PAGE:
Install

Get the latest updates as we post them — right on your browser

. Last Updated: 07/27/2016

EDITORIAL: Kremlin's Bully Tactics A Bad Show




Kremlin vengeance may be swift, but it isn't terribly subtle. Take for example Thursday's search of the apartment and dacha of suspended Prosecutor General Yury Skuratov, who just last Friday kicked off a string of interviews with the Russian and Western press detailing his office's investigation of alleged Kremlin corruption.


Besides saying that his office is looking into possible corruption among as many as 780 government officials, and confirming that Boris Yeltsin and his family figure prominently in both Swiss and Russian investigations, Skuratov left a tantalizing threat lingering in the air: If his former colleagues show any sign of easing off the probe, he'll be back with even more dirt. Within a week, presto - his personal residences were suddenly of enormous interest to federal authorities.


Officially, the search was tied to an ongoing investigation into the suspended prosecutor, but Skuratov himself on Friday offered a more popular version - a good old-fashioned scare tactic, in return for the gimlet eye he continues to cast on Kremlin corruption.


The Kremlin likes to bully. Between Skuratov's brush with video fame last March - when Yeltsin managed to nudge him out of office after the broadcast of the tape showing the prosecutor with a pair of prostitutes - and Mabetex investigator Georgy Chuglazov's aborted trip to Switzerland in late August, the message is clear and consistent: back off.


This not-so-creative approach to justice is nothing new, and the mushrooming corruption allegations surrounding Yeltsin and his government are enough to put even the most implacable of leaders in a defensive mood. Which is why Yeltsin's statement Friday scolding Russia for failing to jump on the international bandwagon in fighting organized crime is a little tough to stomach.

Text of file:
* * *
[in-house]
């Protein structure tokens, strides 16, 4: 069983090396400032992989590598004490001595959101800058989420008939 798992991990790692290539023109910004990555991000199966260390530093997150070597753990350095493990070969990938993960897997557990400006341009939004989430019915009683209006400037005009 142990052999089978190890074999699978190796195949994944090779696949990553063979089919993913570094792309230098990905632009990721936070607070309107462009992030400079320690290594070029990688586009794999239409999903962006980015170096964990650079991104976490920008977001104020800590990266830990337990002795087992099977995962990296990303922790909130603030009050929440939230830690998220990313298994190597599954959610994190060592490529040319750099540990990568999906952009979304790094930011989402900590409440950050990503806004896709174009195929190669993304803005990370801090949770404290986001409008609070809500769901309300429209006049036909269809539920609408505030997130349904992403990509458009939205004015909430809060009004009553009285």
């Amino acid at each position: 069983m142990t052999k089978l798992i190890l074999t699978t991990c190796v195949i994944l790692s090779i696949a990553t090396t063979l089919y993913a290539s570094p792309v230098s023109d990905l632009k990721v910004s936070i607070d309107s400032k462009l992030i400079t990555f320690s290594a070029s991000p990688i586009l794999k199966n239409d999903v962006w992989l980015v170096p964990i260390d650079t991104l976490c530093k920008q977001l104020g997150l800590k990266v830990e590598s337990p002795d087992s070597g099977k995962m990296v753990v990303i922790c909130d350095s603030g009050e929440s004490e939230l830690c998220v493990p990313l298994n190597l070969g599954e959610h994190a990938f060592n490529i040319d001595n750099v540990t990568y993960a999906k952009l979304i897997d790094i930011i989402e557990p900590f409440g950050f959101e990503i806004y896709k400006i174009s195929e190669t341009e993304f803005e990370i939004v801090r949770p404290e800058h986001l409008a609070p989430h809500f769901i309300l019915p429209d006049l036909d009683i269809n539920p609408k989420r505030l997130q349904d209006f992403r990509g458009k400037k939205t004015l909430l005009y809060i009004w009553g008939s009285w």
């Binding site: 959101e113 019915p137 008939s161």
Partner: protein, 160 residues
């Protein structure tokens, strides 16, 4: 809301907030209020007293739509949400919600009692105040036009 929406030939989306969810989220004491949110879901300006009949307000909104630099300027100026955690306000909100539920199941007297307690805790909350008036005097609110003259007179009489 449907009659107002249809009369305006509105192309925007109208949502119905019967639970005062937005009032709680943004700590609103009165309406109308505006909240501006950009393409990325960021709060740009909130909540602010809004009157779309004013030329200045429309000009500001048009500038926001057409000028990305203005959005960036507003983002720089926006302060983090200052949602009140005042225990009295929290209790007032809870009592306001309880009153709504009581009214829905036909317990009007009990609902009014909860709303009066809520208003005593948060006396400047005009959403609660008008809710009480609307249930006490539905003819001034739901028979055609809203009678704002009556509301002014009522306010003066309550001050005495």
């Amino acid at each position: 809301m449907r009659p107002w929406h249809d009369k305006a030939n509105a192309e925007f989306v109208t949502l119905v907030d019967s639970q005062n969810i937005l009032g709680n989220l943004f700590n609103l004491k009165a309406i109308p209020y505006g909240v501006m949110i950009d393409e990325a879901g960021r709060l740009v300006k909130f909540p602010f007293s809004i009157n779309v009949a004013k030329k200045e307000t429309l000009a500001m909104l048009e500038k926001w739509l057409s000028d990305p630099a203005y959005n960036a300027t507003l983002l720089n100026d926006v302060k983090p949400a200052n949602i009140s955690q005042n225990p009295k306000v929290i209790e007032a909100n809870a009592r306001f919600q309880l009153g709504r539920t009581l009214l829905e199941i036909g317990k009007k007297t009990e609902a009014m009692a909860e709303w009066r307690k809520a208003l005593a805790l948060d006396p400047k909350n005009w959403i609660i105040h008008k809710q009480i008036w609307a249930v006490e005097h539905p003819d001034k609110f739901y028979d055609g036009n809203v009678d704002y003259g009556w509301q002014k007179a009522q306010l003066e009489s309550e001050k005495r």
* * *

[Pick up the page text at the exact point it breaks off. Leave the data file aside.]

If you can forget who's doing the talking, Yeltsin's latest reprimand almost sounds reasonable. Russia certainly should step up its anti-crime partnerships with Europe and the United States and join international commissions battling money laundering. But with billions of dollars streaming out of the country and all those alleged presidential American Express bills floating around, it's well near impossible to take such statements seriously. (Positioning U.S. President Bill Clinton as the hard-nosed arbiter of what is truth and what is fiction is an equally bad move. No more phone calls, please.)


Dirty politics is a fact of life, but are ham-handed tactics like digging through Skuratov's dacha as well? In a cynical world, the Kremlin's strategy is just bad theater. Come on, Boris. Throw the audience a bone. Give them something they can at least pretend to believe in.